ORLEANS – Sunshine and the wide-open expanses of the Cape’s beaches are inviting house-bound social distancers to slip on their sandals and catch a breath of fresh air. What else they might catch if they congregate too closely along the shore is cause for concern. Yarmouth has closed its beaches, Falmouth has chained off its beach parking lots, and the governor has shut down the access road and parking lot at South Cape Beach in Mashpee.
“When the weather was nice, folks were starting to act fairly complacent,” Orleans Natural Resources Manager Nate Sears told the board of selectmen last week. “They’re parking on top of each other.” In response, Sears put up an electronic message board at Nauset Beach that flashes PRACTICE SOCIAL DISTANCE/BEACH CLOSURE POSSIBLE. “We’re doing everything we can to keep these places open,” Sears said, “but if we continue to witness people at risk, we’ll have to have a conversation about whether to keep these locations open.”
Kent’s Point, a popular conservation preserve, “is another problem area where people are not social distancing,” Selectman Cecil Newcomb said. “They’re having dog birthday parties in the parking lot. There is no social distancing on Kent’s Point at this moment.”
“I took a walk at Kent’s Point the other day and witnessed the same things Cecil did,” Sears said. “It would be unfortunate if we had to close those spots.” The selectmen, in their role as park commissioners, have authority over town beaches while the conservation commission controls lands such as Kent’s Point.
The message seems to be working. Dr. Anne Sigsbee, a retired physician who has joined town officials to present updates on the pandemic via the town website and Channel 18, said Sunday she observed that “people were far apart” at Nauset. “They were (even) distancing their cars with parking.”
Last month, Sigsbee joined the Cape Cod Medical Reserve Corps, a volunteer organization dedicated to strengthening public health, emergency response, and building community resiliency. “Understandably, there’s been a big upsurge in volunteers,” she said, noting that even healthcare workers who have been laid off because elective procedures have been postponed are among those joining the Corps. There are “people from all walks of life,” she said, “waitresses, psychologists, social workers, owners of mechanic’s shops, a whole bunch of retired professionals.”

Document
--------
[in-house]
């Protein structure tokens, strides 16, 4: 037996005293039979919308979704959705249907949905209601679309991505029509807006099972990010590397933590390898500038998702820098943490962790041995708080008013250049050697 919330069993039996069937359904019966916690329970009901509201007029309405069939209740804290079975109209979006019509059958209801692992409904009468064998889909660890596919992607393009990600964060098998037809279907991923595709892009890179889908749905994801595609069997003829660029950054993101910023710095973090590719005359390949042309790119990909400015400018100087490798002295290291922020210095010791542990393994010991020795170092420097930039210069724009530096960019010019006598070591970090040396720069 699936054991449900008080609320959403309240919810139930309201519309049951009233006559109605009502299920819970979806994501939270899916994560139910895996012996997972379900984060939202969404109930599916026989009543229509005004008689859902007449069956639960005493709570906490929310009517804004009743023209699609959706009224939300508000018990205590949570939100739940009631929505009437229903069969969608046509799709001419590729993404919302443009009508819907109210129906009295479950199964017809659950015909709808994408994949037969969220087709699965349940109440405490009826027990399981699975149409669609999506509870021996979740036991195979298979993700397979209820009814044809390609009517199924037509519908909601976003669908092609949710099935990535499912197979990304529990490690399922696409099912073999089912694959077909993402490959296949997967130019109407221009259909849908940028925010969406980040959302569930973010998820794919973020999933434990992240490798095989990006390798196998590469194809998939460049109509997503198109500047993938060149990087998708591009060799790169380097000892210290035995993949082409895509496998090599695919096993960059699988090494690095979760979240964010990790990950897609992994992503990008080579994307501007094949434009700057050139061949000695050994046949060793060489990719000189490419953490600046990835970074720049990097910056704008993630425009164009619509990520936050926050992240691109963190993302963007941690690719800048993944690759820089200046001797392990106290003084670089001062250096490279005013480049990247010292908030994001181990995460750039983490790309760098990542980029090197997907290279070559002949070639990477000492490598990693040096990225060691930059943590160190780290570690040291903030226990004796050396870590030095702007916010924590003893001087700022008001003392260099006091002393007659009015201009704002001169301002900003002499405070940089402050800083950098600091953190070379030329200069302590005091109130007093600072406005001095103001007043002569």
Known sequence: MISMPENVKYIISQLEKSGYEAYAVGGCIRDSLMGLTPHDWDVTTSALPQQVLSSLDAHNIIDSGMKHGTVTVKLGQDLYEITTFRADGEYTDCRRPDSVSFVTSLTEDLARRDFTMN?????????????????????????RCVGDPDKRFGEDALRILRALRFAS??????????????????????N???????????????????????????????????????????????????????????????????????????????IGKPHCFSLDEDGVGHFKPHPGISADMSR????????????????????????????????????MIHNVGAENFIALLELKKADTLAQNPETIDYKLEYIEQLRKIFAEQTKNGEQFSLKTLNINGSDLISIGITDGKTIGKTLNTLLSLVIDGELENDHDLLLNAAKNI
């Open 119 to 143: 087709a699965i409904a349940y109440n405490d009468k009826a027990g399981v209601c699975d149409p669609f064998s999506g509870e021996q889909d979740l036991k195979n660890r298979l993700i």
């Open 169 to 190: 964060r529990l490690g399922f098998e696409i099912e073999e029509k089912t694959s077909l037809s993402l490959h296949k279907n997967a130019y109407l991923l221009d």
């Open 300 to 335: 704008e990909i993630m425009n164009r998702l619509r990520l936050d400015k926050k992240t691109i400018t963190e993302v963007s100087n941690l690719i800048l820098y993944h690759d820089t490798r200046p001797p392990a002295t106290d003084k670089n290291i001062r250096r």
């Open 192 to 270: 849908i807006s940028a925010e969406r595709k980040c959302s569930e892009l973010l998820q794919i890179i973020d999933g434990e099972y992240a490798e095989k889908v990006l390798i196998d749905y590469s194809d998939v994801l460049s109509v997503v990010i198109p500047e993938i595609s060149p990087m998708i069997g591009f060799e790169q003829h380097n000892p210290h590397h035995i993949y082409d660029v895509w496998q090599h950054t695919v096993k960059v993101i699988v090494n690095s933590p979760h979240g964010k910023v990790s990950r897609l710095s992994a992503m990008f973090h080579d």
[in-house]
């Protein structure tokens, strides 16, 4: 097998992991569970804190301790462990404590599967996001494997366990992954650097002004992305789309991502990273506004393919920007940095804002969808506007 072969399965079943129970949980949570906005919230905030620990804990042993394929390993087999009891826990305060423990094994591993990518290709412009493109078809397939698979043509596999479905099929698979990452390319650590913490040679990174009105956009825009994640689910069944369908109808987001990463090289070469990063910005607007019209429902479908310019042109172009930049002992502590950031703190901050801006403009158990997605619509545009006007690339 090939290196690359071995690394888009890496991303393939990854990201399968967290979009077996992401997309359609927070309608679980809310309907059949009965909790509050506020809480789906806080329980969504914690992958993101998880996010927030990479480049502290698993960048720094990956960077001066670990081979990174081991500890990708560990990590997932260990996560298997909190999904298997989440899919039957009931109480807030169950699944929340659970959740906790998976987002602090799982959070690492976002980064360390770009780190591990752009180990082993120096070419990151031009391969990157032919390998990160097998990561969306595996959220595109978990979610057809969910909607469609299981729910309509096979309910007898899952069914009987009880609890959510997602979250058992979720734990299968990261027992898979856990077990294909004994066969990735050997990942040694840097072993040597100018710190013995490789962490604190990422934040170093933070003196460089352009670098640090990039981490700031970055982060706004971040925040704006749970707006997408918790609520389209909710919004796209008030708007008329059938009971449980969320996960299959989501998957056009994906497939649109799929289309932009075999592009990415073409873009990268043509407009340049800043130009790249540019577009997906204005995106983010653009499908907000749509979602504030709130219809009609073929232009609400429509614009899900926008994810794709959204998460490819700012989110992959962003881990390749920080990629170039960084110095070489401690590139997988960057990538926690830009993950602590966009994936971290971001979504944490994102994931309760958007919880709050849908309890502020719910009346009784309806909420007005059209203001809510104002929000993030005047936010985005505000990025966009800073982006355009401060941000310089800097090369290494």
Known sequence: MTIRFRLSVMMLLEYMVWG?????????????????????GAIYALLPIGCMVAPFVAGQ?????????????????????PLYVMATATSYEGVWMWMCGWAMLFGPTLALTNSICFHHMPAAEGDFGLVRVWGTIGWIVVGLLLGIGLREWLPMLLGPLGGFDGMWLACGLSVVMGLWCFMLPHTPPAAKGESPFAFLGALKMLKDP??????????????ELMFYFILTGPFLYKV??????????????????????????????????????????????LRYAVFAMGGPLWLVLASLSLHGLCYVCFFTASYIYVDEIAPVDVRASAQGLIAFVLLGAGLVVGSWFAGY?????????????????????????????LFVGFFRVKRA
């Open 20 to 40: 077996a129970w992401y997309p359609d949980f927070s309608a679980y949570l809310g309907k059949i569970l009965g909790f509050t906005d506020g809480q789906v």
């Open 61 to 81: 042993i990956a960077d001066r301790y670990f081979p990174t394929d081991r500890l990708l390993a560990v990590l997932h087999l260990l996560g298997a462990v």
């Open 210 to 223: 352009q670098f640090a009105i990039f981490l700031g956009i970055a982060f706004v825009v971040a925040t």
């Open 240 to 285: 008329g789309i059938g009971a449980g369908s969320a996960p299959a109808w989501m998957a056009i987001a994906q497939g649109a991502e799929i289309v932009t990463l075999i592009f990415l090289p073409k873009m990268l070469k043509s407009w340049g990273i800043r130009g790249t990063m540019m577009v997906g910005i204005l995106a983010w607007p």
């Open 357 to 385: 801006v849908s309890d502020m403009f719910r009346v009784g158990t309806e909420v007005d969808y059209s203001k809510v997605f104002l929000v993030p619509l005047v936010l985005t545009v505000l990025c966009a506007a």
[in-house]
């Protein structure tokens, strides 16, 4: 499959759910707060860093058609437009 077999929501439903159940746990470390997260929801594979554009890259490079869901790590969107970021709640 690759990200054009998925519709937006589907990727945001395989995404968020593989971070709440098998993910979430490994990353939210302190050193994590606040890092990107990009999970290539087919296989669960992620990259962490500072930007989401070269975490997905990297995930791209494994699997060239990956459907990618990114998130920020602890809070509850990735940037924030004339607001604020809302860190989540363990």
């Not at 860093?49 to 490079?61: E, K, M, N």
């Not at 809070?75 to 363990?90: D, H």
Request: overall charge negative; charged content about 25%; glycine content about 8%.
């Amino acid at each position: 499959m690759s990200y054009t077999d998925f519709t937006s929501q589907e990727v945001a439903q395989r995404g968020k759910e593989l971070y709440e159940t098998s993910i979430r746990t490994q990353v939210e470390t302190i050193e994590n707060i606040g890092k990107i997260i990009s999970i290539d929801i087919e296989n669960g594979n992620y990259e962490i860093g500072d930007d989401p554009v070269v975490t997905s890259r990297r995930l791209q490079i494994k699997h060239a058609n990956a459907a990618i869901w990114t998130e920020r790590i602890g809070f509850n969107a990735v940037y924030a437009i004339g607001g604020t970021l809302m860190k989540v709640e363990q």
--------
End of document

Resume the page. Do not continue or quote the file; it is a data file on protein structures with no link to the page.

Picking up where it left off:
A principal effort of the Medical Reserve Corps is getting donated equipment such as N95 masks, nitrile gloves, and disinfectant wipes to Cape Cod Hospital, where Sigsbee’s brother works in the ER. “Several of us are getting the word out about where the collection sites are,” she said. The nearest to Orleans is at the Fontaine Outpatient Medical Center on Long Pond Road in Harwich. Go to www.capecodhealth.org/ways-to-give/donating-essential-items-to-protect-local-healthcare-workers/ for details.
Another priority “is working with people all over the Cape who are sewing face masks, which while not medical-grade provide some degree of protection,” Sigsbee said. “The Medical Reserve Corps is working on coordinating the safe collection and distribution of masks to places like nursing homes and food banks and kitchens where staff is working in contact with the community.” She said contacts are being made with grocery stores to provide masks to their employees, and she encouraged such businesses to reach out to Corps Director Diana Gaumond at diana@firstname.lastname@example.org/.
There’s a collection box for homemade masks just in front of the inside entrance to the post office on Main Street. For details about making and donating masks, go to barnstablecountyhealth.org and click on the “Want to Help?” tile.
Giving blood is another way to help. Sigsbee said it’s “very safe” to do so at Cape Cod Hospital, which is arranging appointments over the phone and taking relevant information. “They’re carefully doing distancing from when you arrive through the process. I hope people continue to donate.”
With the nation moving into what experts believe will be a crucial period for ensuring that the pandemic does not outstrip the country’s ability to care for the sick, Sigsbee warned against people “putting on masks and thinking it changes something. It doesn’t change the absolute need to be removed from other people, for social distance, and to wash hands and wash surfaces. The mask probably prevents contamination from one’s own respiration droplets to another, but social distancing remains critical.”
Even with the monumental challenges, Sigsbee said she remains optimistic “because I have confidence that those who are carefully following the data and advising us are optimistic that our behavior matters. When I look around and see people doing what we should be doing, I realize that people are willing to change their behavior based on advice from people who should know. I have always been distressed when opinion-based decision-making prevails, but I see evidence-based decision-making going on.”
As The Chronicle went to press, the Orleans Department of Public Works announced that the transfer station is open daily from 7:30 a.m. to 3 p.m., except Wednesdays and Thursdays, for household trash and recycling only. The department is asking townspeople to limit trips, expect delays, pre-sort recyclables, and maintain social distancing of six feet. The Gift House is closed, and the station is not accepting demolition debris, scrap metal, appliances, or bulky items. The DPW thanked Snow’s for donating the use of sign stanchions.